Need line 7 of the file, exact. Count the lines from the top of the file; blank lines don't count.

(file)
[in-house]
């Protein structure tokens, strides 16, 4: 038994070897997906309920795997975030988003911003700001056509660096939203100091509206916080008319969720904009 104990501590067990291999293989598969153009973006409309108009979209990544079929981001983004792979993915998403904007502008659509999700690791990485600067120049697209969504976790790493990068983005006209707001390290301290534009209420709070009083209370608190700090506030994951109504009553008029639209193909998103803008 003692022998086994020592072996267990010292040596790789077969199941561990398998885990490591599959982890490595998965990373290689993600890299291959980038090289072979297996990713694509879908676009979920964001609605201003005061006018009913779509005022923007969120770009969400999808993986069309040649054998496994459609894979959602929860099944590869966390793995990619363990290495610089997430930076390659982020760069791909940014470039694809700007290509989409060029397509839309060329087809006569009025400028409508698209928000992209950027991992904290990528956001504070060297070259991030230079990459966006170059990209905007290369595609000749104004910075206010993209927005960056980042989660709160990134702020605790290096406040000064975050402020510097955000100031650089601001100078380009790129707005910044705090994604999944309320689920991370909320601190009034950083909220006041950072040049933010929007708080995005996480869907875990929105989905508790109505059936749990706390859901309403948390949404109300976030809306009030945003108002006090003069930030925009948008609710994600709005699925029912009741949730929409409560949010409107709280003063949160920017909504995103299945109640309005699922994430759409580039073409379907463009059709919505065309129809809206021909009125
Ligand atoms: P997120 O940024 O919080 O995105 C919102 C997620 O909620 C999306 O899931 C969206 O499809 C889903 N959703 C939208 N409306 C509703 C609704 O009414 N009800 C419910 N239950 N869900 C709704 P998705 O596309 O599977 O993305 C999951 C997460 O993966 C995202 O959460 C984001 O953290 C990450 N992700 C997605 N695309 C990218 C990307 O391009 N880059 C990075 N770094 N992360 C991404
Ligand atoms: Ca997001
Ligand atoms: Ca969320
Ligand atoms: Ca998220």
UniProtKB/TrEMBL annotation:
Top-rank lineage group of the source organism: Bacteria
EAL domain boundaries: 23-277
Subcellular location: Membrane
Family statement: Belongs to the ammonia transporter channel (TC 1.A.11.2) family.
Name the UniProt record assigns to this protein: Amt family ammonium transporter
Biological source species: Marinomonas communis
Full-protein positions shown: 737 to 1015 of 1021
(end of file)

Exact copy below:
UniProtKB/TrEMBL annotation: